This post was originally published on St. Louis American

By Sylvester Brown Jr. 

The federal government has declared monkeypox a public health emergency, and Missouri raised its threat level rating on August 18, 2022.

Both actions are applauded by Dr. Mati Hlatshwayo Davis, director of the city’s health department.

“Usually, such declarations have meant that additional resources will be available to help with an outbreak,” Hlatshwayo Davis said in a release.

“Vaccine demand for the virus has significantly outpaced current supplies and the Department of Health is hoping [the] declaration is a signal that more help is on the way to state and local governments.”

Monkeypox is a rare illness caused by infection with the monkeypox virus, which is part of the family of viruses which includes smallpox. Because vaccine supplies are limited, health officials have taken precautionary stepsto fend off the spread of monkeypox across Missouri. 

According to the Center for Disease Control and Prevention [CDC]. monkeypox usually appears one to two weeks after infection, but sometimes this can extend to three weeks.

It often begins with flu-like symptoms and swollen lymph nodes, then progresses to a rash. It can spread through intimate physical contact; touching personal items such as clothing or linens; skin-to-skin contact with rash, scabs, or bodily fluids; or respiratory droplets spread through kissing or coughing. Illness typically lasts two to four weeks.

The outbreak has predominantly impacted men who have sex with men and its spread has mostly been found to be transmitted during sex. Health officials have said that those who participate in high-risk sexual behaviors such as multiple partners and transactional sex should be prioritized for the vaccine.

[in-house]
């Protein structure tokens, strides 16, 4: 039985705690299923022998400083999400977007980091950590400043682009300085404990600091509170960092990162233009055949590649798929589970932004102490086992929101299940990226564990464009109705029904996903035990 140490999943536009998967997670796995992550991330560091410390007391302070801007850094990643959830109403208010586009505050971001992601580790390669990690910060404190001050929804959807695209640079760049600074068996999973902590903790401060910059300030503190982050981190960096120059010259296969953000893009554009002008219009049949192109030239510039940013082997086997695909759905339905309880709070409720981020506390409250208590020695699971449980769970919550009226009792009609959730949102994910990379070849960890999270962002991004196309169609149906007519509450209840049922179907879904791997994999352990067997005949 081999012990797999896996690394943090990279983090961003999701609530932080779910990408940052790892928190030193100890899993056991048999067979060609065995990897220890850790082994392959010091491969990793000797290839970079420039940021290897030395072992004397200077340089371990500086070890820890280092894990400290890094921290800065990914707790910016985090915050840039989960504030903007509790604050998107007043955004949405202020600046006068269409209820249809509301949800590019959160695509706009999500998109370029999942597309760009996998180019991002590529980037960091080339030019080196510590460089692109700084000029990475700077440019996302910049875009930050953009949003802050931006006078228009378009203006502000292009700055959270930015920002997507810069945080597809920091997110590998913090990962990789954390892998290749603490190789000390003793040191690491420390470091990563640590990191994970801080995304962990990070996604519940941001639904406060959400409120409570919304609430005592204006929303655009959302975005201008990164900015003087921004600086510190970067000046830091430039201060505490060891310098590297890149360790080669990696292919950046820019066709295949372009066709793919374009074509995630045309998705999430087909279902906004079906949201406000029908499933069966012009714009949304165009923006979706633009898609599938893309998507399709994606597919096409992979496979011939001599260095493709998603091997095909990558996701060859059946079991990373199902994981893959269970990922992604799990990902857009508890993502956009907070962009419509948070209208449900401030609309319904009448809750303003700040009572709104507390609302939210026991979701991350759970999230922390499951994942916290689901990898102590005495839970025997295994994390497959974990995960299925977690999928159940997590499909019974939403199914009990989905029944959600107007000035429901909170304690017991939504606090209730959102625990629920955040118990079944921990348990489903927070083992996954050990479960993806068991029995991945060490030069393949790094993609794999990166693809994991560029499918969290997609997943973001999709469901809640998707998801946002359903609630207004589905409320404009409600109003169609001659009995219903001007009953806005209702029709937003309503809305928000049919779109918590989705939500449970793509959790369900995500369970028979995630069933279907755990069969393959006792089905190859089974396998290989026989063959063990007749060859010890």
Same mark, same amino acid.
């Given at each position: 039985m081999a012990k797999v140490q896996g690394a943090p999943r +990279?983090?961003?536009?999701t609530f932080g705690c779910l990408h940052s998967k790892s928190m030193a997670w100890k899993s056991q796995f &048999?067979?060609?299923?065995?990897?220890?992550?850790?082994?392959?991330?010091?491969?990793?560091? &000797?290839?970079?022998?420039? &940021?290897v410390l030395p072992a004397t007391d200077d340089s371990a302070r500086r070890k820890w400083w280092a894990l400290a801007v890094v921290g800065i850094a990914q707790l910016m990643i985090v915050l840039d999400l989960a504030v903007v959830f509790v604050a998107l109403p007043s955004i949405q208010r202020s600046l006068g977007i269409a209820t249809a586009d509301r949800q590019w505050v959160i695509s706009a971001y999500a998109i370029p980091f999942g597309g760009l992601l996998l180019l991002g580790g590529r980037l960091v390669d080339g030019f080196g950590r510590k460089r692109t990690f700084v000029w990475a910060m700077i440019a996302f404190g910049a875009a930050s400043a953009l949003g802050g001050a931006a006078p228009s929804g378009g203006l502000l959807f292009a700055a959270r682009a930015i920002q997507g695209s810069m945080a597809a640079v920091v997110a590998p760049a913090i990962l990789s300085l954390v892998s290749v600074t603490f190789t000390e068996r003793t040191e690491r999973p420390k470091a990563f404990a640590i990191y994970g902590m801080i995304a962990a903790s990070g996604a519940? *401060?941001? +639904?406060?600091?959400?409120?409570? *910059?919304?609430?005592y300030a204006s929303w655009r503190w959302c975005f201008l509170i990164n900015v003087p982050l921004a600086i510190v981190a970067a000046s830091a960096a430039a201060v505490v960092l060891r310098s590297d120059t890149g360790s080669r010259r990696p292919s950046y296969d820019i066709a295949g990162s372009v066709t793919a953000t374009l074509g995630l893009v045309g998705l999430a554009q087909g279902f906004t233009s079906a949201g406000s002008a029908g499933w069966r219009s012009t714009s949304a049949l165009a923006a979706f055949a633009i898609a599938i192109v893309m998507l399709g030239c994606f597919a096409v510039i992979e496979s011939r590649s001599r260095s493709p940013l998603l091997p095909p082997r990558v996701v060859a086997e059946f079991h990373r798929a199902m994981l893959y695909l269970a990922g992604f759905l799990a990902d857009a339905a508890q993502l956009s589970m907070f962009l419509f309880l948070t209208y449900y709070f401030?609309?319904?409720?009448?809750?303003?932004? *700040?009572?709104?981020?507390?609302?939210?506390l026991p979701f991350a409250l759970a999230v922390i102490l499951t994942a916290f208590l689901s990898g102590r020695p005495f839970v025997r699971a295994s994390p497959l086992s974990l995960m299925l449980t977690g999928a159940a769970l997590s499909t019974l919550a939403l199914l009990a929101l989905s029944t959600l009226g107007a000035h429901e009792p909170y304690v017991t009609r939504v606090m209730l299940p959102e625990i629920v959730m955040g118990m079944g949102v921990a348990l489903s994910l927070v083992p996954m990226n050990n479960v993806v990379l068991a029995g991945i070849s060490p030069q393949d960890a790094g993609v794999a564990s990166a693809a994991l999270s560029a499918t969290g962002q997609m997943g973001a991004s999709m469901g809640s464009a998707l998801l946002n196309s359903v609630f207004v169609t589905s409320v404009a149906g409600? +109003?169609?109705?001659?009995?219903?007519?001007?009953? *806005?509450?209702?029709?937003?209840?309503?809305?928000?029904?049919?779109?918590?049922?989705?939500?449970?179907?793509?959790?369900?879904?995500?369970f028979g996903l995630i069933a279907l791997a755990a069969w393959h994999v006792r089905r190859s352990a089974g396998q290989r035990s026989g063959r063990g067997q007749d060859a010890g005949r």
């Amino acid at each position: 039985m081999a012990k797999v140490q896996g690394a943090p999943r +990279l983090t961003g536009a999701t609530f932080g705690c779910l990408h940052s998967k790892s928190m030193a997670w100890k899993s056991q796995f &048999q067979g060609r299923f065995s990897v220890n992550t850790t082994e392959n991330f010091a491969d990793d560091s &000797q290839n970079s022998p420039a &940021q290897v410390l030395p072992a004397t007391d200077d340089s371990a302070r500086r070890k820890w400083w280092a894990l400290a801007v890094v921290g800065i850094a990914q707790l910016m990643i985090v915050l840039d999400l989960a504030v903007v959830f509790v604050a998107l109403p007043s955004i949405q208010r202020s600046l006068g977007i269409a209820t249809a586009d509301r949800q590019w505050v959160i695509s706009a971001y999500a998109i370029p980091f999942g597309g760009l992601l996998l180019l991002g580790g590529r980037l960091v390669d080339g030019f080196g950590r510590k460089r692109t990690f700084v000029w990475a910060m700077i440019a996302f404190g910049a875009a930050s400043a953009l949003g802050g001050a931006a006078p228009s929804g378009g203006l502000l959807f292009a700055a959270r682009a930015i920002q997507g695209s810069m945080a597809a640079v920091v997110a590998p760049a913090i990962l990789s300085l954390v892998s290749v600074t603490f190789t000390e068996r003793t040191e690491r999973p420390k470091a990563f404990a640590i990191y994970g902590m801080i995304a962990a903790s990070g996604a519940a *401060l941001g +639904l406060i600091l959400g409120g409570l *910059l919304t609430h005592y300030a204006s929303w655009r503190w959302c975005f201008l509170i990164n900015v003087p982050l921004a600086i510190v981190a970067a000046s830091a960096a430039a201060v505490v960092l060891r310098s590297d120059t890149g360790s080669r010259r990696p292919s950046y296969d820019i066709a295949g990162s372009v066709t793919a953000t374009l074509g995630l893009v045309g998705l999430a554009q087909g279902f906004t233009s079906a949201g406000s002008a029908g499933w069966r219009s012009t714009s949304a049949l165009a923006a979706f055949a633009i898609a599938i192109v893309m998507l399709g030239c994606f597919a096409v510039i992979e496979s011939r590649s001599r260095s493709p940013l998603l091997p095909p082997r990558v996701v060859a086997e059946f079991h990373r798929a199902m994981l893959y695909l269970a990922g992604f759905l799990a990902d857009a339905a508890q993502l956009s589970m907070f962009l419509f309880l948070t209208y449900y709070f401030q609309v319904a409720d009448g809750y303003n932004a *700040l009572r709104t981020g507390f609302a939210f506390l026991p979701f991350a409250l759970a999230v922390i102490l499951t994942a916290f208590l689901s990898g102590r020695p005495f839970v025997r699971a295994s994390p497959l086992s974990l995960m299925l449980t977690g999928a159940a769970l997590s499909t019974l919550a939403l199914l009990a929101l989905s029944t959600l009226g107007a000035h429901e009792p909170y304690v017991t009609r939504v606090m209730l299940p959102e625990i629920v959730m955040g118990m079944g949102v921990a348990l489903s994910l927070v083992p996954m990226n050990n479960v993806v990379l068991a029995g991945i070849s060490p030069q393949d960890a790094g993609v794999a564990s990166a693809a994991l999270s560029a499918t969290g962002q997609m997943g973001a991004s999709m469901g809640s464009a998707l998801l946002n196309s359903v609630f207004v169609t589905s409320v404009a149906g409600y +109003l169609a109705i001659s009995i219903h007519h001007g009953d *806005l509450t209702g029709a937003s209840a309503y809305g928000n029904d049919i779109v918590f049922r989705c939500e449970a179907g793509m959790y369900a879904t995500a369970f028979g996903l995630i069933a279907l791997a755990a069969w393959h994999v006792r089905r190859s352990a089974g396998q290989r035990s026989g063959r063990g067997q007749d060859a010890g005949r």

African Americans comprise 26% of all monkeypox cases compared to 12% of the American population.

As with COVID-19 and other treatable illnesses, the monkeypox virus impacts minority populations disproportionately.

The Centers for Disease Control and Prevention (CDC) released data from 43states, the District of Columbia, and Puerto Rico, revealing that African Americans comprise 26% of all monkeypox cases compared to 12% of the American population.

The CDC also noted that Hispanic people accounted for 28% of cases while comprising 19% of the population.

The virus, however, doesn’t seem to be spreading widely in the St. Louis region, yet. As of August 18, the CDC reported 24 cases in Missouri, up from 18 the previous week. There were eight confirmed cases in St. Louis County and 11 in St. Louis according to the city and county health departments. 

Dr. Joseph Cherabie is a Barnes-Jewish Hospital doctor who specializes in sexual health care with a focus on the LGBTQIA community. Last week Cherabie told the St. Louis Post-Dispatch that more people are coming into area emergency rooms or clinics with the painful lesions associated with monkeypox, or concerns they were exposed.

This week, the Biden-Harris administration announced it would increase America’s supply of monkeypox vaccine by making an additional1.8 million doses of Bavarian Nordic’s Jynneos vaccine available for ordering beginning Monday, Aug. 22.

My hope is that, that announcement translates quickly into available doses to DHSS and subsequently to us.

Dr. Mati Hlatshwayo Davis, director of st. louis health department.

With news of additional doses of the vaccine, Administration officials stated: 

“Since the first case was confirmed in the United States, the Administration has led a whole-of-government response to make tests, vaccines, and treatments more widely available to communities across the country and has worked with the LGBTQI+ community to provide information and resources directly to communities most at risk of contracting the virus.” 

Davis expressed cautious optimism about the government’s release of additional monkeypox vaccines:

“Without a formative plan from DHSS (Missouri Department of Health and Senior Services) it makes me hopeful, but we won’t be able to definitely plan for or announce expansion until that time,” she said.

“My hope is that, that announcement translates quickly into available doses to DHSS and subsequently to us.”

Sylvester Brown Jr. is The St. Louis American’s inaugural Deaconess Fellow.